A minute on the Internet is like a month in real time. Or something like that.
On the web, things move at lightning speed, and it can be daunting for small business owners to keep up. Instead of worrying about technological advances and trends that may never take hold, most small business owners focus on what has worked for them in the past. And that makes sense – to a point.
But think about the early days of the Internet. It was like the Wild West. Businesses large and small could launch a website and make money just because they had a website and their competitors didn’t. Imagine getting in on that.
Now, think about what’s going on with mobile marketing. You’d be hard pressed to find a teenager who can carry a conversation without checking his or her phone before the end. But in this case, what is bad for human interaction is a virtual gold mine for advertisers.
So, clearly you’re sold on mobile marketing. Now, it’s just a question of how.
Responsive websites, web apps and native apps are three popular choices. Let’s take a closer look at each before we compare them.
Responsive websites are designed to work on any platform as it is a custom CSS style sheet that makes the website look great on any device. So, whether you’re accessing it from your PC, iPhone, Android or tablet, your website will format perfectly.
Web apps are often confused with mobile apps, and with the advent of HTML5, the lines are becoming even blurrier. Web apps look and feel very much like mobile apps – they even store data in your browser’s cache, so much of the app can be accessed offline.
you know when you go to the App Store or to Google Play and download an app? Yeah, those are mobile apps. You’ll notice that they are usually designed for a very specific and narrow purpose. One may be a game. Another may help you with your banking. You may even download an app to help you find the best vegetarian restaurants in any city. They are usually designed to be helpful and interactive. They often allow some sort of purchase to be made within the app (score for you, the business owner).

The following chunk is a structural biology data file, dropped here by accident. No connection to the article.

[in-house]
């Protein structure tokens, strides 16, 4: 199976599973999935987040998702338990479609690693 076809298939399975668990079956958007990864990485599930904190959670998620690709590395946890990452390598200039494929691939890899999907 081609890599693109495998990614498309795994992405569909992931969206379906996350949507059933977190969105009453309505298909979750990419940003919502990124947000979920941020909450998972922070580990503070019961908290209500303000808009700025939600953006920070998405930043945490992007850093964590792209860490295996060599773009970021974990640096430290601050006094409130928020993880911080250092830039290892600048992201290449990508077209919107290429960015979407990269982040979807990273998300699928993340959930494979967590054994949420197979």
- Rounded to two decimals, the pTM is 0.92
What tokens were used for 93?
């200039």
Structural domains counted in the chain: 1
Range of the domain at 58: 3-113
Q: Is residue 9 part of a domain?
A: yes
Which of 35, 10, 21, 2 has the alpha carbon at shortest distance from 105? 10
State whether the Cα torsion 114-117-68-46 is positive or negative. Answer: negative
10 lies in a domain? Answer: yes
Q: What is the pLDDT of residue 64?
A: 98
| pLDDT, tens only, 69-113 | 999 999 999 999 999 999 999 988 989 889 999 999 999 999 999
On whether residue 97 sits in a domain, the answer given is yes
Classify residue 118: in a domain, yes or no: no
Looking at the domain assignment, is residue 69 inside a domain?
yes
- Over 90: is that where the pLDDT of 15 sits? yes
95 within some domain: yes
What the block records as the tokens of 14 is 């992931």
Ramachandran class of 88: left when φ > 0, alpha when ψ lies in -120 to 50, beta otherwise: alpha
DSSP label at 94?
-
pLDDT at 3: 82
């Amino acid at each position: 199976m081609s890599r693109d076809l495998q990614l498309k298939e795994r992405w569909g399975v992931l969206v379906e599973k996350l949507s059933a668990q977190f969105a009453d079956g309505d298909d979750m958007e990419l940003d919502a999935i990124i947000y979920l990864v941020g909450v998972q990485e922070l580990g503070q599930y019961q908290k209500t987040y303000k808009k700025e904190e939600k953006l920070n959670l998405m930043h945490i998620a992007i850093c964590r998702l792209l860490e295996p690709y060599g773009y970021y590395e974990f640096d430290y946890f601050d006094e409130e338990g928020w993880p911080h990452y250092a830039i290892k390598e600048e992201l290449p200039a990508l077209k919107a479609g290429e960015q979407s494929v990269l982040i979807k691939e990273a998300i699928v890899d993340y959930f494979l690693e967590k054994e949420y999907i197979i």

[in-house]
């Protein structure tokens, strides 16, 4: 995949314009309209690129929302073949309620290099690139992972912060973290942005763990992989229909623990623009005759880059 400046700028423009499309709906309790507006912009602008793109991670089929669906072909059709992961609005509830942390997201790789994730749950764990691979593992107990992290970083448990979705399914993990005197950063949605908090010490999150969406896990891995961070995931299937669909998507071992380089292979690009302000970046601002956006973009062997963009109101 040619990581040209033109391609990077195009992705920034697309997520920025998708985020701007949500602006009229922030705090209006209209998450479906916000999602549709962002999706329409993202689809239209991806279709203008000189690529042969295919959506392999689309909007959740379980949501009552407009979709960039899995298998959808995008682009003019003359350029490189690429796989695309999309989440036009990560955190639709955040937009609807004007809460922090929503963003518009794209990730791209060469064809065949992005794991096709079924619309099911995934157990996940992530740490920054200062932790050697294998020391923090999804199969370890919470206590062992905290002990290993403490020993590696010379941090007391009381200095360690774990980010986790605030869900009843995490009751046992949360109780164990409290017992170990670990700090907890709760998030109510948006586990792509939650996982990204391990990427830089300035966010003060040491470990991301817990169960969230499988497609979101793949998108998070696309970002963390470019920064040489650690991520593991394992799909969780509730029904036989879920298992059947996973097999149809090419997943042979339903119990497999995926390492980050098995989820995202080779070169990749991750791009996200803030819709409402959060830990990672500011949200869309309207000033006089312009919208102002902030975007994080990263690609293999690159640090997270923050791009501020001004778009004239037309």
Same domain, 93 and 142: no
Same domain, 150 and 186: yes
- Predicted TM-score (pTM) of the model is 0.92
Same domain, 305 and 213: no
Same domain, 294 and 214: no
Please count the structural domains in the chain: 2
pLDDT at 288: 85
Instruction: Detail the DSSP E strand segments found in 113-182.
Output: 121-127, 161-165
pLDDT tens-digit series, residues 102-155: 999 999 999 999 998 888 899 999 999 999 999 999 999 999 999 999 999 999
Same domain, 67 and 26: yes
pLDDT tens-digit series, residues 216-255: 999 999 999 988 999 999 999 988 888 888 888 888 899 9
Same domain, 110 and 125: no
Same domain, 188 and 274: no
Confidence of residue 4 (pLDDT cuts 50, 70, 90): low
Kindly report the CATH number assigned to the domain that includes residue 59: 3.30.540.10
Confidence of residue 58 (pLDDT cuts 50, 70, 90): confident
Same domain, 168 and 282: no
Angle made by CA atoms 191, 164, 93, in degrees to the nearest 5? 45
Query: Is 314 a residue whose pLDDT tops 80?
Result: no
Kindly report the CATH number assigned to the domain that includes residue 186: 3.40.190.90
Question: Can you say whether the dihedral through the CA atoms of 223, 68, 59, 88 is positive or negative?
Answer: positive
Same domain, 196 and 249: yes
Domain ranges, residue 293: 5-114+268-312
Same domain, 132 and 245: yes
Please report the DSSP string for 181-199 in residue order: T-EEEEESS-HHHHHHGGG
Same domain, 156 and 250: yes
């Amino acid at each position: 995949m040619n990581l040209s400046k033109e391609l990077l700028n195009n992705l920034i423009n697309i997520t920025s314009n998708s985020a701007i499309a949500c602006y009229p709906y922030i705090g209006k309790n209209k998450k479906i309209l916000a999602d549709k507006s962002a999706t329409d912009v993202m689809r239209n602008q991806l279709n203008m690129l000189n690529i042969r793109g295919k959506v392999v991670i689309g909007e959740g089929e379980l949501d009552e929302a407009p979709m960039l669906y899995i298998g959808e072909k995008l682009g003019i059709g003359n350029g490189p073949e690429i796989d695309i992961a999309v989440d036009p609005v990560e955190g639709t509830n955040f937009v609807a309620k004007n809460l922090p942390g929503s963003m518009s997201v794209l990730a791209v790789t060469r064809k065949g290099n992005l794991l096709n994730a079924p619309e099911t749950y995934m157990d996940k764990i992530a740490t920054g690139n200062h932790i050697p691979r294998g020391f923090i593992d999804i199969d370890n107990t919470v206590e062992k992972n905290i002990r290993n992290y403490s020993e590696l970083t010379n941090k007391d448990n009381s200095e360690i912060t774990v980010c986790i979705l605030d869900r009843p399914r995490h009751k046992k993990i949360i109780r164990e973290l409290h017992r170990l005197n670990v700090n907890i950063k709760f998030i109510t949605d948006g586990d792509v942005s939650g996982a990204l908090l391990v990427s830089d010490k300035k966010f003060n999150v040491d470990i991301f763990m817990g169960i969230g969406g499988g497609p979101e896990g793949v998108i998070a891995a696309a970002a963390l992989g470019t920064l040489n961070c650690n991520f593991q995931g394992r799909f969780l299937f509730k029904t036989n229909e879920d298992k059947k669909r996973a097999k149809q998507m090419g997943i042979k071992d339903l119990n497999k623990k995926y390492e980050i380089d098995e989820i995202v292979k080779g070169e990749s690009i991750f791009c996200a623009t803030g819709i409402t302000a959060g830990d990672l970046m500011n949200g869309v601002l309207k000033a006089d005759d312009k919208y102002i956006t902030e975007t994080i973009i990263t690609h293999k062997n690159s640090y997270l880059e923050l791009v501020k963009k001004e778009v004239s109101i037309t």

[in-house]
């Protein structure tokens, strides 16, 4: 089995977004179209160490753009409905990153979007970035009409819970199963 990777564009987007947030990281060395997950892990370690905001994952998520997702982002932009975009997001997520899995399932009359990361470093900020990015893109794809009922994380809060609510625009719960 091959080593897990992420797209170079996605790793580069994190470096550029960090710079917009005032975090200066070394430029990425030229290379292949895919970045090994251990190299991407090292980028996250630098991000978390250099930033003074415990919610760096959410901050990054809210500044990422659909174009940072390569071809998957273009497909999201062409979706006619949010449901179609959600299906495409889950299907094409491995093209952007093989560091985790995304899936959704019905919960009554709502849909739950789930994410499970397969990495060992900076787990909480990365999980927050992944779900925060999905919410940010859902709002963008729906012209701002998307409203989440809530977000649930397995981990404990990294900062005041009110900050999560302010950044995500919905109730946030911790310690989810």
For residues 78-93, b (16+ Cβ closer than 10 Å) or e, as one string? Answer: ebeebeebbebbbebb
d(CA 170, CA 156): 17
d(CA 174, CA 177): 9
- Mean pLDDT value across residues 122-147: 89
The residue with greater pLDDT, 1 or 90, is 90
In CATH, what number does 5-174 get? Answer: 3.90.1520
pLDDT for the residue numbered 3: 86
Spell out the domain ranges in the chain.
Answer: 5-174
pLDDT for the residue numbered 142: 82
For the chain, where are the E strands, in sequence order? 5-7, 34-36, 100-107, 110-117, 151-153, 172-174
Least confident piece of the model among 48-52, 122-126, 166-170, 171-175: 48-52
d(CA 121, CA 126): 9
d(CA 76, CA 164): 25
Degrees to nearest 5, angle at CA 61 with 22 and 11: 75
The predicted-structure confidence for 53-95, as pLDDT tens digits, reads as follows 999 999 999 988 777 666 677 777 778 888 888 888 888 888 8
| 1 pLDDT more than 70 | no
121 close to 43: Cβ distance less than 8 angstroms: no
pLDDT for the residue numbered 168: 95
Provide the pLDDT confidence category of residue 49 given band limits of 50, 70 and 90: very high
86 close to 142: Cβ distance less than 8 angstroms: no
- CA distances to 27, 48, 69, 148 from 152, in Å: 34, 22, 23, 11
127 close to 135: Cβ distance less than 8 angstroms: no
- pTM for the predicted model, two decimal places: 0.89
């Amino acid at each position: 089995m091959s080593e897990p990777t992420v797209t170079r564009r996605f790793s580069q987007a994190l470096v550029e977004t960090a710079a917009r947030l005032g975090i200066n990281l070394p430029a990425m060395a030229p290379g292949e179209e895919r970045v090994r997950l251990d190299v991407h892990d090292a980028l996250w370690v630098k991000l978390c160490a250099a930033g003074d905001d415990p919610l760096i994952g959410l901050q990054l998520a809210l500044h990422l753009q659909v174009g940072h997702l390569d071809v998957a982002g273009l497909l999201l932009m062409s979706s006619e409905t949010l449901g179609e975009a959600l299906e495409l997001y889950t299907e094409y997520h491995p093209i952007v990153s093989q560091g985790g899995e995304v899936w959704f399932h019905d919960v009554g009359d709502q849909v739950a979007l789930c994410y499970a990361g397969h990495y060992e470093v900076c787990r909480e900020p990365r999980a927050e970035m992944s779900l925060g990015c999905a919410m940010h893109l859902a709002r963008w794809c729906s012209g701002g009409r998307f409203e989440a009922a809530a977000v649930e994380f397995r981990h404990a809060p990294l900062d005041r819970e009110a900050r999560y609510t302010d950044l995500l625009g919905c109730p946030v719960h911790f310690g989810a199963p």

Responsive Websites vs. Mobile Apps
should you design a responsive website or a mobile app? Well, the answer is that you should do both – if you can. Many small businesses end up choosing between the two for budgeting reasons, but with the tools available today, that’s probably not necessary.
A responsive website and a mobile app share many of the same purposes. First and foremost, they allow users to interact with a brand through their mobile phone, so either way, it’s a step in the right direction.
If you’re building both from scratch, a responsive website will be much less expensive than a mobile app. This is why many businesses choose to go with a responsive design and call it a day.
Also, 67% of mobile users said they would be more likely to make a purchase from a website than from an app. And the statistics show that this is true for most large purchases. Although, in-app purchases for small-ticket items remain strong.
Web Apps vs. Mobile Apps
Okay, here’s where it gets interesting. Most consumers can’t tell the difference between a web app and a mobile app once they have been installed. They look and feel exactly the same to many people with one major difference. Mobile apps can access things on your phone that a web app cannot, such as your camera and GPS and Push Notifications. This may make a huge difference for your business.
Another benefit to mobile apps over web apps is that they are readily available where users are searching: the App Store or Google Play.
Responsive Websites vs. Web Apps
we should be able to wrap this comparison up rather quickly. A responsive website usually eliminates the need for a web app (or vice versa). Unless you are building the web app to complement your company’s website and brand, there really isn’t a need for both. Web apps are most often used to create a mobile version of a non-mobile-ready webpage.
By now, we hope you have a better understanding of how to approach the mobile market with your brand. Ideally, a responsive website combined with a mobile app will answer all of your needs. The website will feature everything in an easy-to-access format while the mobile app may have a more specific focus, but it will interact with users in a way that a website cannot.
If you’re thinking about forgoing the app, consider this: App usage accounts for about 27% of consumer’s mobile time.
And here are a two tips to get you started:
• Use analytics to find out which operating system is used most often to access your website. This is the operating system you should use to develop your app.
• Match the features of your chosen operating system with the type of app you’re trying to create.
Now, go forth and launch your mobile platforms, whether they be mobile apps, responsive websites or web apps. Just be sure to drop back in and keep us posted on how things go for you!